American Oversight today sued the United States Postal Service on Tuesday to compel the release of Postmaster General Louis DeJoy’s calendar. In August, USPS claimed that DeJoy’s calendar, which is kept on a government computer and accessed by agency staff, is a personal record not subject to release under the Freedom of Information Act.
The calendars of senior government officials are routinely released to the public in response to FOIA requests, and American Oversight has previously obtained and published calendars for dozens of top Trump administration appointees.
Recent cost-cutting initiatives that DeJoy implemented caused widespread mail delays and national outrage. The moves also raised concerns about the ability of USPS to facilitate the upcoming November presidential election in which record numbers of Americans are expected to vote by mail. Before he was appointed to USPS in May 2020, DeJoy was a fundraiser for Trump and a shipping industry executive with significant investments in companies that do business with or compete with the post office.
American Oversight is investigating how the pandemic has impacted USPS, and whether and to what extent the White House is interfering in the agency’s operations or undermining trust in absentee voting — either on behalf of private industry or to benefit the president’s reelection chances. More information on this investigation is available here.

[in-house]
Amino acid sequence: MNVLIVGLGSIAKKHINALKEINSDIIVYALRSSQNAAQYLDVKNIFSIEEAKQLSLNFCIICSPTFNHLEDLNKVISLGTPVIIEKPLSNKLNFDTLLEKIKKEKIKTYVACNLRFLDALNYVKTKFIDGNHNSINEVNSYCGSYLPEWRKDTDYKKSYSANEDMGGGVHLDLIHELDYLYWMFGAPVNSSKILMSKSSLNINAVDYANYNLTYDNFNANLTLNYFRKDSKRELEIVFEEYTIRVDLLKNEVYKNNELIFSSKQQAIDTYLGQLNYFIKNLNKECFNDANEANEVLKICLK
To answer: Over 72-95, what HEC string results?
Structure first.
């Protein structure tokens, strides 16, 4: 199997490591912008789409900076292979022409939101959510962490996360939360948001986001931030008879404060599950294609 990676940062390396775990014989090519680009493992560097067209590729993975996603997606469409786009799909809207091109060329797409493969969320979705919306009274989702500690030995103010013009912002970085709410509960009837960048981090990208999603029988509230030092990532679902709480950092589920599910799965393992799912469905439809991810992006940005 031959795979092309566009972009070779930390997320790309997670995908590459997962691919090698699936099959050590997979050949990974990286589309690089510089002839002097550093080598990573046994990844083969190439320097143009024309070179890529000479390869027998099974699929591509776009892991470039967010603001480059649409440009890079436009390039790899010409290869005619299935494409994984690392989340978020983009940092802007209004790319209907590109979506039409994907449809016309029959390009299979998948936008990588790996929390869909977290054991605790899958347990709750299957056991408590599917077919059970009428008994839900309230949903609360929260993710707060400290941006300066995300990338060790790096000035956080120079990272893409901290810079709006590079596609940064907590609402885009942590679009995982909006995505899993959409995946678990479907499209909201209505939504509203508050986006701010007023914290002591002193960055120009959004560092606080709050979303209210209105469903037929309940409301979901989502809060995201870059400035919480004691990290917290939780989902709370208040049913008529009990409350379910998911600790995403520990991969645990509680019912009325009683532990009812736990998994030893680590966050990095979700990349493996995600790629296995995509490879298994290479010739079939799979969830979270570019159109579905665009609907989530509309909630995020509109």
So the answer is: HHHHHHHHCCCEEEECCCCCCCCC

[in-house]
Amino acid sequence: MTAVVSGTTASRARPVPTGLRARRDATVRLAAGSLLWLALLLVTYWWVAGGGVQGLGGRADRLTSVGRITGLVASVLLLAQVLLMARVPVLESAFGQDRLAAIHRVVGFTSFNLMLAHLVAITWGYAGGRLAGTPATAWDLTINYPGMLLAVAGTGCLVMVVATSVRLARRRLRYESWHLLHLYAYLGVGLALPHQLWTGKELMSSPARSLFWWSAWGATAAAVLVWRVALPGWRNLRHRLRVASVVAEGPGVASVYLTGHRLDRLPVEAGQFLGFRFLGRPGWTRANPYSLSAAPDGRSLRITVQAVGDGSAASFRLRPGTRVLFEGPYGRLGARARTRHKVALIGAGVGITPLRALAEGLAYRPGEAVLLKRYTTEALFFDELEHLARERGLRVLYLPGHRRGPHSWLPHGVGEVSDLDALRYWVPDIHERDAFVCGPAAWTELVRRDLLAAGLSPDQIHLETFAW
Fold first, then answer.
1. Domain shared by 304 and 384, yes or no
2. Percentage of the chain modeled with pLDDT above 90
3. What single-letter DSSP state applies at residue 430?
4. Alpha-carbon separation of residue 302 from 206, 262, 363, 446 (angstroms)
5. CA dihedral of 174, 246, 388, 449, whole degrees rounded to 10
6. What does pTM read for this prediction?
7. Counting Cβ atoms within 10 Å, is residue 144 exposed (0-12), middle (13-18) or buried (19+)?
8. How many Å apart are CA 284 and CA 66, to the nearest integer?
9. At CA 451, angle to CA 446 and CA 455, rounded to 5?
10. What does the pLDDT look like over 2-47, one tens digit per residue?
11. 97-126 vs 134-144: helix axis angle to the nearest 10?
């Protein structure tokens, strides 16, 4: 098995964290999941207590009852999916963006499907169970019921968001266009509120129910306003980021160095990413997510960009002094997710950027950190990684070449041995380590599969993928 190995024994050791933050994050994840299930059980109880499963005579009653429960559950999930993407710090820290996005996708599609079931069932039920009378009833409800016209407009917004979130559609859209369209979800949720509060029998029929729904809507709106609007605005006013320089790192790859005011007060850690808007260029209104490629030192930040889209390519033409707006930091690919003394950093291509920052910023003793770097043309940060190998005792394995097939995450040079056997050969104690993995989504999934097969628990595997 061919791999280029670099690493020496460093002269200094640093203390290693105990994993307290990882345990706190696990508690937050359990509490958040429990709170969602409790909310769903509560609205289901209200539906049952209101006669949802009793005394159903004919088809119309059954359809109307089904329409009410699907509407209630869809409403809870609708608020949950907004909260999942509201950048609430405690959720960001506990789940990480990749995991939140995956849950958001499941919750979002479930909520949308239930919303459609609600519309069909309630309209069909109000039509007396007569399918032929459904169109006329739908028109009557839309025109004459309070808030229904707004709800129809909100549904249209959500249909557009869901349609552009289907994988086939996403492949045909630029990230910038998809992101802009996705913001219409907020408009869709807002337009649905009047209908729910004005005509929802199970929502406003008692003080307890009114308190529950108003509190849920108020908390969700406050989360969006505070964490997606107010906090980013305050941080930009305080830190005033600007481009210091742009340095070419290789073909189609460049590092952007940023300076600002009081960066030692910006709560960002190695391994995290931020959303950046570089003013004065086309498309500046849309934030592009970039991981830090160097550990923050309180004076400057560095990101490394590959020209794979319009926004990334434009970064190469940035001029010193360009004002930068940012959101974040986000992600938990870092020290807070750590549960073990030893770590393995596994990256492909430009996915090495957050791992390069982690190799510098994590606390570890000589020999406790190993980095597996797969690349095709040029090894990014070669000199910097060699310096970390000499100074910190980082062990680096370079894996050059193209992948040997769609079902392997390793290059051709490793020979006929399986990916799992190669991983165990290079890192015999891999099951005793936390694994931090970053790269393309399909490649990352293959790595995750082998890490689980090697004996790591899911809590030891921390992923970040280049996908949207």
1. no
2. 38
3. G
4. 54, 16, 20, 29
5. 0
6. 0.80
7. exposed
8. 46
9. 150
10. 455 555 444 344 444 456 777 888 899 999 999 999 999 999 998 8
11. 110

DeJoy’s refusal to release his calendar has also sparked questions from Congress. In a House Oversight and Reform Committee hearing in August, Rep. Alexandria Ocasio-Cortez reminded DeJoy that his calendars are public records and recommended that lawmakers consider a subpoena for the documents — the committee later did issue such a subpoena.
“Who has Postmaster General DeJoy been meeting with and why is he trying so hard to keep it a secret?” said Austin Evers, executive director of American Oversight. “DeJoy is supervising the delivery of everything from mail-in ballots to medications right now, and the public is entitled to see how he’s spending his time and who has been influencing his decisions.”
Today’s lawsuit, filed in the U.S. District Court for the District of Columbia, is available here.
Part of Investigation: